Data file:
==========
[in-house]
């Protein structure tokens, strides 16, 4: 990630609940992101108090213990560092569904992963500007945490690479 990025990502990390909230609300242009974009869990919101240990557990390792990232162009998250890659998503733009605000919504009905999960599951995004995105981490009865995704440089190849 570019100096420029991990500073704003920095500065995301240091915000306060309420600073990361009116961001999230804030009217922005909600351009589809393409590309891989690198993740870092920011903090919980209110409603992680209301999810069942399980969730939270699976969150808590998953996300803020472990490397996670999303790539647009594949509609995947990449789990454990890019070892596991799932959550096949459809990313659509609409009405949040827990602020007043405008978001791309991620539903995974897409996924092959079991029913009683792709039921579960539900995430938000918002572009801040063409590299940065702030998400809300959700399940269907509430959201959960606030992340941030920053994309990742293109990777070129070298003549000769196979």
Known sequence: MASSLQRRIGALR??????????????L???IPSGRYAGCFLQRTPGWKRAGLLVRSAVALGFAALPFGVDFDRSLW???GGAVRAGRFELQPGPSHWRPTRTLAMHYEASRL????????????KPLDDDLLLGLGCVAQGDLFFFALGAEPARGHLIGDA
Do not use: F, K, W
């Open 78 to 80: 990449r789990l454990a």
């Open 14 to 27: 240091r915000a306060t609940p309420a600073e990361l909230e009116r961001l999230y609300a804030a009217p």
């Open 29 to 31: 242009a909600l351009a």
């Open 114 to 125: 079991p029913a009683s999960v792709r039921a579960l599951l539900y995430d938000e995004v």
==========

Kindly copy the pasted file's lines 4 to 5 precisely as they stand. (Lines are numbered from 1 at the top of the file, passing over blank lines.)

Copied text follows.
Do not use: F, K, W
């Open 78 to 80: 990449r789990l454990a």